The Mariners announced this evening that outfielder Michael Saunders has been placed on the 15-day disabled list with a right shoulder sprain. Endy Chavez has been called up from Triple-A Tacoma to replace him on the roster.
Saunders suffered the injury last night against the Astros when he crashed into the right field fence while catching a ball off the bat of Jose Altuve. While he’ll be sidelined for at least the next 15 days, he told Larry Stone of the Seattle Times that he hopes to not miss much time.
The Mariners are going with Michael Morse, Franklin Gutierrez and Raul Ibanez from right to left in the outfield tonight against Rangers’ right-hander Justin Grimm. Jason Bay, who beat out Casper Wells for a roster spot during spring training, should get some starts against southpaws. The newly-added Chavez will spell Gutierrez in center field if he needs a day off.
Not all players coming in to spring training are in The Best Shapes of Their Lives. Some have put on a few pounds, such as Miguel Sano, notes Twins GM Thad Levine:
Sano has been given medical clearance to engage in all baseball workouts with his teammates, his surgically reinforced left shin now completely healed, though the Twins intend to lighten his schedule to prevent any new injuries.
They’d like to lighten something else, too: His “generous carriage,” as General Manager Thad Levine delicately put it last week. Sano’s conditioning understandably lags, after a winter largely spent incapacitated by the surgery.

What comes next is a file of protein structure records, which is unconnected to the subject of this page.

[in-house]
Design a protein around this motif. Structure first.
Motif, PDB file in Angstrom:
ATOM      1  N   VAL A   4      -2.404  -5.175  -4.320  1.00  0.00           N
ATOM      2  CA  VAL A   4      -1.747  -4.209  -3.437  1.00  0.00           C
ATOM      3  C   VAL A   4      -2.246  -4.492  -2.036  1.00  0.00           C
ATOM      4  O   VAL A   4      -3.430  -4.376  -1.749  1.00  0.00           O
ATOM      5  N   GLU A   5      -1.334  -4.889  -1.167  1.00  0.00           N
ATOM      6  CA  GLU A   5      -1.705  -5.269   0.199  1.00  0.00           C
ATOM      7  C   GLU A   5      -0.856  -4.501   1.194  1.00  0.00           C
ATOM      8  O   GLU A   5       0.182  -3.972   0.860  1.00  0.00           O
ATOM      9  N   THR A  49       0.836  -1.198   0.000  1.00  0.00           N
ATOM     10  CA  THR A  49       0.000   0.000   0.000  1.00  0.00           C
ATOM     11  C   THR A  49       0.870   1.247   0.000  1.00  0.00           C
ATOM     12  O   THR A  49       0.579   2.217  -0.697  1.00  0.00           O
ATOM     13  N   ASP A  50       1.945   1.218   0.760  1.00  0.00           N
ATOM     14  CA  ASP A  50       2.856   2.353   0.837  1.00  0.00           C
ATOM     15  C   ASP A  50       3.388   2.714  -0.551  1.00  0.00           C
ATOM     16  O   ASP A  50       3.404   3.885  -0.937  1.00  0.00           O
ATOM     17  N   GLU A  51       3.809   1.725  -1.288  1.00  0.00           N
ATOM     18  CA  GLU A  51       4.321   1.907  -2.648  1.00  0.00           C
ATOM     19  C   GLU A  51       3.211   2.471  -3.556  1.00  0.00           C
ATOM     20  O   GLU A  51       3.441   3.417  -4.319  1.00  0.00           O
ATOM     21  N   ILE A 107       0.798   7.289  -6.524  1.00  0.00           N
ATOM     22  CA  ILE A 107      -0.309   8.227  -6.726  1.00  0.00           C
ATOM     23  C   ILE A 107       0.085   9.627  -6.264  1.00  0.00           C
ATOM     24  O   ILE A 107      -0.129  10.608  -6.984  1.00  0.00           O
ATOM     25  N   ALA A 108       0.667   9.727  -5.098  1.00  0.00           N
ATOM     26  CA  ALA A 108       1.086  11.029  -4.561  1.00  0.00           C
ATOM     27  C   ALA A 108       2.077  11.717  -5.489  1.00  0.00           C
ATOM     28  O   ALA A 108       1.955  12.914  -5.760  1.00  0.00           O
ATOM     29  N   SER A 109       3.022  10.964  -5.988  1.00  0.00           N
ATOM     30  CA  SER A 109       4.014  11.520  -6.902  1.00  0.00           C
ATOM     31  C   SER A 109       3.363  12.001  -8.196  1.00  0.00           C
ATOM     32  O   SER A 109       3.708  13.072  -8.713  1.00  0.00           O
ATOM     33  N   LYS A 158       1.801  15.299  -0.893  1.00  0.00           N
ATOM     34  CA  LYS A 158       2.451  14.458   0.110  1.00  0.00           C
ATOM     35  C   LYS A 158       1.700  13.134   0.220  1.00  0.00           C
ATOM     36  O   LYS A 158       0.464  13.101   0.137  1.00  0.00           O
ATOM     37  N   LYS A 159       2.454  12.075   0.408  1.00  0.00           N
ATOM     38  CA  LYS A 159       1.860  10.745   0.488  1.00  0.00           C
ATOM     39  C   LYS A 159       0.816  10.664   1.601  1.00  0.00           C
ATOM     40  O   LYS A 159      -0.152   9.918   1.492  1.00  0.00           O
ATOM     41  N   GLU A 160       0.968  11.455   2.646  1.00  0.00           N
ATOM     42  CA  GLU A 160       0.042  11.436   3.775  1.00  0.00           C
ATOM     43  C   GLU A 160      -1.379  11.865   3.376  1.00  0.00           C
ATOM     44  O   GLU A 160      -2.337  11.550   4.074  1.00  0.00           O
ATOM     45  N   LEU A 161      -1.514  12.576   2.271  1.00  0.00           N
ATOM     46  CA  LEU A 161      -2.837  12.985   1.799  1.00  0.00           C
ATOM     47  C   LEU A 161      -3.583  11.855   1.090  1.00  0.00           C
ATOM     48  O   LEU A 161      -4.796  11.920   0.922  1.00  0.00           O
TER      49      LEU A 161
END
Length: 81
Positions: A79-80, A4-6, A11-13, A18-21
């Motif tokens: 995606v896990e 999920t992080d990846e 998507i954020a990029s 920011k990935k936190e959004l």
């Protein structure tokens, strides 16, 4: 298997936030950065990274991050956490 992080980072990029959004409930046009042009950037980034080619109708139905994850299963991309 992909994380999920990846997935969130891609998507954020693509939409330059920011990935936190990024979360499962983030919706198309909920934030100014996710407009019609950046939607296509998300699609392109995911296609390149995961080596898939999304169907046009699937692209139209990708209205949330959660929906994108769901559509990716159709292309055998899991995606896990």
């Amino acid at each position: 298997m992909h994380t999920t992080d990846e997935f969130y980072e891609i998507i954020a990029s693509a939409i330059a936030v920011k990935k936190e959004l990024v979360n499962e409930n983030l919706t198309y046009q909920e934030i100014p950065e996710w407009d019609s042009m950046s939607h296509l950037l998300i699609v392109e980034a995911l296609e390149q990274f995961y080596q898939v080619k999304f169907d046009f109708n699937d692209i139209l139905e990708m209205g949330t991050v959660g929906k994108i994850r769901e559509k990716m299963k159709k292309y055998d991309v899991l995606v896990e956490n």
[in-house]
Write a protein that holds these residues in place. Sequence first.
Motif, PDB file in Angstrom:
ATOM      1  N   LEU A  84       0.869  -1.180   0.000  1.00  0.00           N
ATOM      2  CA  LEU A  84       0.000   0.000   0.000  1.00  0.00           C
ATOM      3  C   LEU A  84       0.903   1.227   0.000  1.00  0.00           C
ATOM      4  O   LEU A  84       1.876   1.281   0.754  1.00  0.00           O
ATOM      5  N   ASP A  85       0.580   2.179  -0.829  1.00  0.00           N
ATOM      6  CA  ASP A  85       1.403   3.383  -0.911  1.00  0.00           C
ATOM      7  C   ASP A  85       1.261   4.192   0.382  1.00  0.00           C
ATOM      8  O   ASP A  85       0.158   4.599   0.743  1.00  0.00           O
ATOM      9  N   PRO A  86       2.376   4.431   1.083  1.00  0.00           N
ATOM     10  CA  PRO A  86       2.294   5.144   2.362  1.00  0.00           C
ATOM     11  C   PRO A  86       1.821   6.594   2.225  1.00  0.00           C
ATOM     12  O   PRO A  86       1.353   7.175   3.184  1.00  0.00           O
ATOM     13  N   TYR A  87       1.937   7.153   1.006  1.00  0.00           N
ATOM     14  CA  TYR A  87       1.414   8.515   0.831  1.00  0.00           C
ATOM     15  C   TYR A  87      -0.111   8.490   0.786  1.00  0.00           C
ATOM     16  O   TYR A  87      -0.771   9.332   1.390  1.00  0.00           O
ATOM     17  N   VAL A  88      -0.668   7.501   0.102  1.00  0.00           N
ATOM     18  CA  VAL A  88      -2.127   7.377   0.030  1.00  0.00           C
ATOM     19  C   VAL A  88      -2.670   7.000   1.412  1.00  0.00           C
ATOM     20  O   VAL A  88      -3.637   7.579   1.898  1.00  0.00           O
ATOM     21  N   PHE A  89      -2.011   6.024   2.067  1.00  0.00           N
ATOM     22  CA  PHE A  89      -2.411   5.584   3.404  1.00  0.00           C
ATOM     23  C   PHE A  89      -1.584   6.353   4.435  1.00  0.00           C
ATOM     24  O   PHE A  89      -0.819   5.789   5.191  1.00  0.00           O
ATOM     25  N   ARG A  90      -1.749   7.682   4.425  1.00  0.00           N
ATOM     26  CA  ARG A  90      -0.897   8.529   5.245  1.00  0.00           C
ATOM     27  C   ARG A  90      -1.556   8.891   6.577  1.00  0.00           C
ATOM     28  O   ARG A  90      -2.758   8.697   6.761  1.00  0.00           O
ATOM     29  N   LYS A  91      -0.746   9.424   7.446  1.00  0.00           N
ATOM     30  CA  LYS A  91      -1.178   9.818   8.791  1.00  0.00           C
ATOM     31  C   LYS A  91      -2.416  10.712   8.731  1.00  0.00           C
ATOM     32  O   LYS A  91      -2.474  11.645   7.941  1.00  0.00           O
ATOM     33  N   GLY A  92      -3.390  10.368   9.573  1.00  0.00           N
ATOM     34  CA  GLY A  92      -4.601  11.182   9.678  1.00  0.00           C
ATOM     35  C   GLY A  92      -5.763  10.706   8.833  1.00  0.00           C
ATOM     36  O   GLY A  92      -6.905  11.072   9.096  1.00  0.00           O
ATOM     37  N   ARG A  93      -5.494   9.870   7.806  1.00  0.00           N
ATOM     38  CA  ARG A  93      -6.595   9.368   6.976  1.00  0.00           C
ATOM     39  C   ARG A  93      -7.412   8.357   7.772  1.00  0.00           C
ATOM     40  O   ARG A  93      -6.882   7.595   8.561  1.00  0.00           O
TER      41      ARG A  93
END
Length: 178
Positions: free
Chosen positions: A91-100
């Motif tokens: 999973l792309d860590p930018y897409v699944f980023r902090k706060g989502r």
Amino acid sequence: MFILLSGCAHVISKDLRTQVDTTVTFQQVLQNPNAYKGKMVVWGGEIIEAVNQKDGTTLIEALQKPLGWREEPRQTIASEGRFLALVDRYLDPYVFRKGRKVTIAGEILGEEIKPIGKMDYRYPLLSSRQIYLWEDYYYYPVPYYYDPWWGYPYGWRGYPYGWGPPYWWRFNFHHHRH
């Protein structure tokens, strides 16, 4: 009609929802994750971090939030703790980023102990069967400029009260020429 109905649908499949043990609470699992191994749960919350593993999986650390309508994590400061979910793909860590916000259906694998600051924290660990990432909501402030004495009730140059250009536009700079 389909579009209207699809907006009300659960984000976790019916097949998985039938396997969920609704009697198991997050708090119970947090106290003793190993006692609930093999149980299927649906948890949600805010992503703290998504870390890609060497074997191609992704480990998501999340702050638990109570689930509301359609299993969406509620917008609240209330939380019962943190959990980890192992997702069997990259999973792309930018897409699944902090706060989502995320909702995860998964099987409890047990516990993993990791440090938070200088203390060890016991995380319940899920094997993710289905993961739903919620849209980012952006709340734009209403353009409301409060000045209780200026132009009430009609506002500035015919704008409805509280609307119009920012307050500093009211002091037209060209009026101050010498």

Sano’s conditioning has often been a topic of conversation among the members of the Minnesota press corps, though not always in good faith. For example, last year when Sano injured his shin by fouling a ball off of it, one member of the The Fourth Estate found a way to make a column out of blaming the freak injury on Sano’s conditioning. At least in this instance his colleague is correctly noting that the poor conditioning is a result of the injury and not the cause.
Still, it’s just another issue facing Sano this spring. He’s out of shape, coming off of an injury, and — not that he’s due any sympathy for it — he’s facing a likely suspension arising out of the allegations of sexual assault leveled against him late last year.
So this spring we’ll be seeing more of Sano, it seems. At least until that time we’ll be seeing less of him.